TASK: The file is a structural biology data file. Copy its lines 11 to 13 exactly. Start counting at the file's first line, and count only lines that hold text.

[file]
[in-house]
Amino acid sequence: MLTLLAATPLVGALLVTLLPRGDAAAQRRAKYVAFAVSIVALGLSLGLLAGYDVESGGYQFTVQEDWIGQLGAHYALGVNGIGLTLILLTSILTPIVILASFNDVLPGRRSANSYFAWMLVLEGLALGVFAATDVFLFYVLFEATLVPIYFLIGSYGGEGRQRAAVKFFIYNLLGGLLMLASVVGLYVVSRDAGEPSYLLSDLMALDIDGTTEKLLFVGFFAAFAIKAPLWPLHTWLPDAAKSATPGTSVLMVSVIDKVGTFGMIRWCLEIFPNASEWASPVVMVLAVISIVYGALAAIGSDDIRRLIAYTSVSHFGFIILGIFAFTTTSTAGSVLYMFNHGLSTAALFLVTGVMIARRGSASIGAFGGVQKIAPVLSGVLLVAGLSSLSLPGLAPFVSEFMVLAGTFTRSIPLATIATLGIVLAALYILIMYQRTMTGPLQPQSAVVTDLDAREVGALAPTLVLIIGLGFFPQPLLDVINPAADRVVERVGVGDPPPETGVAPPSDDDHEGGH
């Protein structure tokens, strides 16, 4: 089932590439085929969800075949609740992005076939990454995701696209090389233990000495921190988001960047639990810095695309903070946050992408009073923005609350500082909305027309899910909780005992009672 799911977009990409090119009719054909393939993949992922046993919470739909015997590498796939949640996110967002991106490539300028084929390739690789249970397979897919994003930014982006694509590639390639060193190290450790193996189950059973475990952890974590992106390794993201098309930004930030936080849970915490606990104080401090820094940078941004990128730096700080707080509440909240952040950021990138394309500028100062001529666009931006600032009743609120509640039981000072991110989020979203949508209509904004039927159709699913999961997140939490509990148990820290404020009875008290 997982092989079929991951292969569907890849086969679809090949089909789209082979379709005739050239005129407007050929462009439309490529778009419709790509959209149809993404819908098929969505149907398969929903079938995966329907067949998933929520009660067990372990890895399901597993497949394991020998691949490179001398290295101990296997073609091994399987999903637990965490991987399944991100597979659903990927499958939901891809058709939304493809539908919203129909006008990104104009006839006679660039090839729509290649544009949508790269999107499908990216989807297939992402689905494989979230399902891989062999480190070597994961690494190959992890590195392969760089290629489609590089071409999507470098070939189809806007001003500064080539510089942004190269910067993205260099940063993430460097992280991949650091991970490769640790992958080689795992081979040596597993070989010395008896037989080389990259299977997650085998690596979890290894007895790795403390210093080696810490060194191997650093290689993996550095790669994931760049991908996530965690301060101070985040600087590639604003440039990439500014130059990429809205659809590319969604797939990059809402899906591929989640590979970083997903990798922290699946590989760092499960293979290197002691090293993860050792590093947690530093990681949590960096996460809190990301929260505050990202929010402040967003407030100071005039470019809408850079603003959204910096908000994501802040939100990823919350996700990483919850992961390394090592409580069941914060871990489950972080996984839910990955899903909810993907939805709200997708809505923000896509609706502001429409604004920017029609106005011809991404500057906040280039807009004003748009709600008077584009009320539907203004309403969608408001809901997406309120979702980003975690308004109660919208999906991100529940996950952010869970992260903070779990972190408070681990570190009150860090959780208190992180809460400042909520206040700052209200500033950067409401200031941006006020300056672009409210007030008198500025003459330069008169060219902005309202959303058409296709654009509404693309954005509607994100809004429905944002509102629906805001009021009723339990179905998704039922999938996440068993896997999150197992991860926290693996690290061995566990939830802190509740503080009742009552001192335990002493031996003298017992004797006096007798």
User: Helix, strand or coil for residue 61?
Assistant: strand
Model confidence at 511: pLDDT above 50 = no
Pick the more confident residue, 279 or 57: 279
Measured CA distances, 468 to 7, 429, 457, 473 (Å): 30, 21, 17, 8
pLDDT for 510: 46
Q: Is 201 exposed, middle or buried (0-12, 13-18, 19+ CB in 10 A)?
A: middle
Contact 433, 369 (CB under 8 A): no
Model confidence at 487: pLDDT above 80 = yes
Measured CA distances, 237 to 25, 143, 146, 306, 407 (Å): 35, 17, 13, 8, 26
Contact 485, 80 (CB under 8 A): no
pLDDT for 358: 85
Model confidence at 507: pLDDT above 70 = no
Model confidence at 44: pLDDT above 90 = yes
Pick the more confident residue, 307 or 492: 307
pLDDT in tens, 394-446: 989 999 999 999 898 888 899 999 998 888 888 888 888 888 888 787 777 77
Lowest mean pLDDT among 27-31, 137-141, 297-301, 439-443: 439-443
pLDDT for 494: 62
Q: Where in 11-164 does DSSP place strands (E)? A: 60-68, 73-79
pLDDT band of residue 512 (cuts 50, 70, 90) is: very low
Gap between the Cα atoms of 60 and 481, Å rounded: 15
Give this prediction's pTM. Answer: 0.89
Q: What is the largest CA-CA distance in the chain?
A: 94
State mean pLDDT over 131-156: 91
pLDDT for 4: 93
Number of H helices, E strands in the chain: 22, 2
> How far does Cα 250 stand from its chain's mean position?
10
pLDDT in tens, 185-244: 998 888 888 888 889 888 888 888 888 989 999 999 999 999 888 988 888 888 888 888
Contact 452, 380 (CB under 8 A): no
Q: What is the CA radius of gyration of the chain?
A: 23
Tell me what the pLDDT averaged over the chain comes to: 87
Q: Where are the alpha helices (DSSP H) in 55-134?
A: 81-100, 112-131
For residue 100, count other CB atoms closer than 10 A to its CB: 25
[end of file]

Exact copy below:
A: middle
Contact 433, 369 (CB under 8 A): no
Model confidence at 487: pLDDT above 80 = yes